[5]
Bade, S.; Rummel, A.; Reisinger, C.; Karnath, T.; Ahnert-Hilger, G.; Bigalke, H.; Binz, T. Botulinum neurotoxin type D enables cytosolic delivery of enzymatically active cargo proteins to neurones via unfolded translocation intermediates. J. Neurochem., 2010, 91(6), 1461-1472.
[6]
Lacy, D.B.; Tepp, W.; Cohen, A.C.; Dasgupta, B.R.; Stevens, R.C. Crystal structure of botulinum neurotoxin type A and implications fortoxicity. Nat. Struct. Biol., 1998, 5(10), 898-902.
[7]
Rawat, R.; Ashraf, A.S.; Swaminathan, S. High level expression of the light chain of botulinum neurotoxin serotype C1 and an efficient HPLC assay to monitor its proteolytic activity. Protein Expr. Purif., 2008, 60(2), 165-169.
[8]
Lönn, P.; Dowdy, S.F. Cationic TAT peptide transduction domain enters cells by micropinocytosis. J. Control. Release, 2005, 190, 56.
[9]
Suzuki, T.; Futaki, S.; Niwa, M.; Tanaka, S.; Ueda, K.; Sugiura, Y. Possible existence of common internalization mechanisms among arginine-rich peptides. J. Biol. Chem., 2002, 277(4), 2437-2443.
[10]
Console, S.; Marty, C.; Garcíaecheverría, C.; Schwendener, R.; Ballmerhofer, K. Antennapedia and HIV transactivator of transcription (TAT) “protein transduction domains” promote endocytosis of high molecular weight cargo upon binding to cell surface glycosaminoglycans. J. Biol. Chem., 2003, 278(37), 35109-35114.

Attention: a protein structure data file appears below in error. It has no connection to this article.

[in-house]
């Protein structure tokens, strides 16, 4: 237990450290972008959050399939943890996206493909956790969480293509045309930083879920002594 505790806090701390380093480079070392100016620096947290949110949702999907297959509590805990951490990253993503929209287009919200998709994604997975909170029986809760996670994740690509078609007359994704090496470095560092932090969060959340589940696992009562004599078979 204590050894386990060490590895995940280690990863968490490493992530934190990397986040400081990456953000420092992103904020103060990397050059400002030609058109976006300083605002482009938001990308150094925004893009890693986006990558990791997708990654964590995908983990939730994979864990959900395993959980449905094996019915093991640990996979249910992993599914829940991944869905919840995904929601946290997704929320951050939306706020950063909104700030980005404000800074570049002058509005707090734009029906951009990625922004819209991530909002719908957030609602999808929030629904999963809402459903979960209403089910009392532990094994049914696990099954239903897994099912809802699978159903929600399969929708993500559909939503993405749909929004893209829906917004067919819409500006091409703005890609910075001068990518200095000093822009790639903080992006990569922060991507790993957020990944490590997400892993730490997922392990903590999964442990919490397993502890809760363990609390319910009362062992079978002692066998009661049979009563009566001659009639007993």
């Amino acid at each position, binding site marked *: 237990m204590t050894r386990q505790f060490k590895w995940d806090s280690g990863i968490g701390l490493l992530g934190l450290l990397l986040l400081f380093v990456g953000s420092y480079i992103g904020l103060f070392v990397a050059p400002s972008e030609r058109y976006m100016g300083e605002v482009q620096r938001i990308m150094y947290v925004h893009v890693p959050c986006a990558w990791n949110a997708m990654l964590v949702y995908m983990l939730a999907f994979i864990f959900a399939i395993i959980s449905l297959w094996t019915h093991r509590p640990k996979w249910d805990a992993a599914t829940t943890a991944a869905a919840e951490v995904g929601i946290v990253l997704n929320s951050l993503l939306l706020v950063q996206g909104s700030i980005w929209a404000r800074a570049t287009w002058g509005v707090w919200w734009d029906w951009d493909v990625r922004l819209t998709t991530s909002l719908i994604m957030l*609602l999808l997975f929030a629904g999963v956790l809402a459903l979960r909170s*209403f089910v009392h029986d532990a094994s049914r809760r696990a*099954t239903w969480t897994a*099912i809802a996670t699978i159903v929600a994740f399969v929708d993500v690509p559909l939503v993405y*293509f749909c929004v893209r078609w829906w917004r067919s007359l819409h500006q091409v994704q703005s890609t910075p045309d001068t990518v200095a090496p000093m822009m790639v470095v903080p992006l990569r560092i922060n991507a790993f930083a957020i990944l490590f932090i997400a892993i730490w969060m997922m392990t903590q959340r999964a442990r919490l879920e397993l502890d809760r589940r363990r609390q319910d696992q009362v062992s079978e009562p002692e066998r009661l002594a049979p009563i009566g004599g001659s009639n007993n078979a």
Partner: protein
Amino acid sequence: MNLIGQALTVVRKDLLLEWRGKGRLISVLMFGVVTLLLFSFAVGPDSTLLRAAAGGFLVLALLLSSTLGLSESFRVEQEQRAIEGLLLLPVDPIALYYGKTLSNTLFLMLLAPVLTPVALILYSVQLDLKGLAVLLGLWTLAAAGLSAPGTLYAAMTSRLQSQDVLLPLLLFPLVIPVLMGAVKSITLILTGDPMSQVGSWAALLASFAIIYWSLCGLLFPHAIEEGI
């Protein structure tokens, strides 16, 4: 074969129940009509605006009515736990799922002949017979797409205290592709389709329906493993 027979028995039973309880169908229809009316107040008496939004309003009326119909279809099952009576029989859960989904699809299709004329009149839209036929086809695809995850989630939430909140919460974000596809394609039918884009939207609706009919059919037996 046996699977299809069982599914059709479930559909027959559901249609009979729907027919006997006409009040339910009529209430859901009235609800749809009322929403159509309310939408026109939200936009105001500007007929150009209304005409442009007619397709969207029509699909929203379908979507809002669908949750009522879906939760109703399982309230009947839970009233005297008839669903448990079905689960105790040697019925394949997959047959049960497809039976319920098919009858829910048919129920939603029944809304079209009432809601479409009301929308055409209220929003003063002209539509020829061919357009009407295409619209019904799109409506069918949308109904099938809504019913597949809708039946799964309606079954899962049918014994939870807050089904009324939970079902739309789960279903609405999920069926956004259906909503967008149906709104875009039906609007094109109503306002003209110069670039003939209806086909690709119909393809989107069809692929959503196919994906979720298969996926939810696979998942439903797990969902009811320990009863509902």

[11]
Kline, C.N.; Joseph, N.M.; Grenert, J.P.; Van, Z.J.; Talevich, E.; Onodera, C.; Aboian, M.; Cha, S.; Raleigh, D.R.; Braunstein, S. Targeted next-generation sequencing of pediatric neuro-oncology patients improves diagnosis, identifies pathogenic germline mutations, and directs targeted therapy. Neuro-oncol., 2017, 19(5), 699-709.
[12]
Qiao, Y.; Ma, N.; Wang, X.; Hui, Y.; Li, F.; Xiang, Y.; Zhou, J.; Zou, C.; Jin, J.; Lv, G. MiR-483-5p controls angiogenesis in vitro and targets serum response factor. FEBS Lett., 2011, 585(19), 3095-3100.
[13]
Jiang, X.W.; Bai, J.P.; Zhang, Q.; Hu, X.L.; Tian, X.; Zhu, J.; Liu, J.; Meng, W.H.; Zhao, Q.C. Caffeoylquinic acid derivatives protect SH-SY5Y neuroblastoma cells from hydrogen peroxide-induced injury through modulating oxidative status. Cell. Mol. Neurobiol., 2017, 37(3), 1-11.